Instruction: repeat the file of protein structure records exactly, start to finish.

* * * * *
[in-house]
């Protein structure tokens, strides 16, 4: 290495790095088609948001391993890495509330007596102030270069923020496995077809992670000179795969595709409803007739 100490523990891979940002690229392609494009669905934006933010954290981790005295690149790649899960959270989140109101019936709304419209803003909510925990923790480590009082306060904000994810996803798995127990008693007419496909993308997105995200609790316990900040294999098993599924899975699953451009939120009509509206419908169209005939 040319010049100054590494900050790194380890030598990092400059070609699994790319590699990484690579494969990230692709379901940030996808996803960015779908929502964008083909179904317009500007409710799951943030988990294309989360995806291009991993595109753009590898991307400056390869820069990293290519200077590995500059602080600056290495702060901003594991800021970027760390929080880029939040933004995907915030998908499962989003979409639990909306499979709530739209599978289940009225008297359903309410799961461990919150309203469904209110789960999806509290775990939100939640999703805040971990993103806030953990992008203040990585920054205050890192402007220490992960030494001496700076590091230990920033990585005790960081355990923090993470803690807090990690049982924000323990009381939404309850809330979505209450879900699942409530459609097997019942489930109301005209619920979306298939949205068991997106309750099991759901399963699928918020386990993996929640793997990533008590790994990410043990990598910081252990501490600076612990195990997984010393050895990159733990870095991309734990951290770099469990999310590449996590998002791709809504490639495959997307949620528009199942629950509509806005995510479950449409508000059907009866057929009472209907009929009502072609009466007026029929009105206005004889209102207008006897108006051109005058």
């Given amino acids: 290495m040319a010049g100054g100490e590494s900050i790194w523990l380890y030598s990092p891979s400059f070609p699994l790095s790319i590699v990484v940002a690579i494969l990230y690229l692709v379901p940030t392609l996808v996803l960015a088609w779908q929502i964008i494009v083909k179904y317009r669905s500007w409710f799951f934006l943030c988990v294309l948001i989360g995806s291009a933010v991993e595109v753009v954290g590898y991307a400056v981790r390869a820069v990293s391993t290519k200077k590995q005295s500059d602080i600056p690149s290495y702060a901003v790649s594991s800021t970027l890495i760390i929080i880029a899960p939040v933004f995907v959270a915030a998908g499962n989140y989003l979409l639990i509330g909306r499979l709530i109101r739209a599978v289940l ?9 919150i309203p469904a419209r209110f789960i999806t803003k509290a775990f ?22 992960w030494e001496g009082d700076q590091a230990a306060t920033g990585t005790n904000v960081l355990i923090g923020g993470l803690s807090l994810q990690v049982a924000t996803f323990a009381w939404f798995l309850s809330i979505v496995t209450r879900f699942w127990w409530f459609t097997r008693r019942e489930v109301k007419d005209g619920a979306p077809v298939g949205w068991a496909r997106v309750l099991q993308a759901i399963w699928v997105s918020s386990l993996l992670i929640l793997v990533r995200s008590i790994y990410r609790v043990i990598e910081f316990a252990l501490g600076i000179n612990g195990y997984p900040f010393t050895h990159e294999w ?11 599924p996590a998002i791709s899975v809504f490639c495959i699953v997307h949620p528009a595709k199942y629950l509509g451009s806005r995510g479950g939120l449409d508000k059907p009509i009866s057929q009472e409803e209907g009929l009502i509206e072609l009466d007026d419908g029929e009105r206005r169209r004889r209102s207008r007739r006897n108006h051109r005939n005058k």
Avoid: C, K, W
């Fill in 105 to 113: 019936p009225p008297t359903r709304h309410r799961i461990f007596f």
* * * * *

[in-house]
């Protein structure tokens, strides 16, 4: 290495790095088609948001391993890495509330007596102030270069923020496995077809992670000179795969595709409803007739 100490523990891979940002690229392609494009669905934006933010954290981790005295690149790649899960959270989140109101019936709304419209803003909510925990923790480590009082306060904000994810996803798995127990008693007419496909993308997105995200609790316990900040294999098993599924899975699953451009939120009509509206419908169209005939 040319010049100054590494900050790194380890030598990092400059070609699994790319590699990484690579494969990230692709379901940030996808996803960015779908929502964008083909179904317009500007409710799951943030988990294309989360995806291009991993595109753009590898991307400056390869820069990293290519200077590995500059602080600056290495702060901003594991800021970027760390929080880029939040933004995907915030998908499962989003979409639990909306499979709530739209599978289940009225008297359903309410799961461990919150309203469904209110789960999806509290775990939100939640999703805040971990993103806030953990992008203040990585920054205050890192402007220490992960030494001496700076590091230990920033990585005790960081355990923090993470803690807090990690049982924000323990009381939404309850809330979505209450879900699942409530459609097997019942489930109301005209619920979306298939949205068991997106309750099991759901399963699928918020386990993996929640793997990533008590790994990410043990990598910081252990501490600076612990195990997984010393050895990159733990870095991309734990951290770099469990999310590449996590998002791709809504490639495959997307949620528009199942629950509509806005995510479950449409508000059907009866057929009472209907009929009502072609009466007026029929009105206005004889209102207008006897108006051109005058």
């Given amino acids: 290495m040319a010049g100054g100490e590494s900050i790194w523990l380890y030598s990092p891979s400059f070609p699994l790095s790319i590699v990484v940002a690579i494969l990230y690229l692709v379901p940030t392609l996808v996803l960015a088609w779908q929502i964008i494009v083909k179904y317009r669905s500007w409710f799951f934006l943030c988990v294309l948001i989360g995806s291009a933010v991993e595109v753009v954290g590898y991307a400056v981790r390869a820069v990293s391993t290519k200077k590995q005295s500059d602080i600056p690149s290495y702060a901003v790649s594991s800021t970027l890495i760390i929080i880029a899960p939040v933004f995907v959270a915030a998908g499962n989140y989003l979409l639990i509330g909306r499979l709530i109101r739209a599978v289940l ?9 919150i309203p469904a419209r209110f789960i999806t803003k509290a775990f ?22 992960w030494e001496g009082d700076q590091a230990a306060t920033g990585t005790n904000v960081l355990i923090g923020g993470l803690s807090l994810q990690v049982a924000t996803f323990a009381w939404f798995l309850s809330i979505v496995t209450r879900f699942w127990w409530f459609t097997r008693r019942e489930v109301k007419d005209g619920a979306p077809v298939g949205w068991a496909r997106v309750l099991q993308a759901i399963w699928v997105s918020s386990l993996l992670i929640l793997v990533r995200s008590i790994y990410r609790v043990i990598e910081f316990a252990l501490g600076i000179n612990g195990y997984p900040f010393t050895h990159e294999w ?11 599924p996590a998002i791709s899975v809504f490639c495959i699953v997307h949620p528009a595709k199942y629950l509509g451009s806005r995510g479950g939120l449409d508000k059907p009509i009866s057929q009472e409803e209907g009929l009502i509206e072609l009466d007026d419908g029929e009105r206005r169209r004889r209102s207008r007739r006897n108006h051109r005939n005058k």
Avoid: C, K, W
């Fill in 105 to 113: 019936p009225p008297t359903r709304h309410r799961i461990f007596f």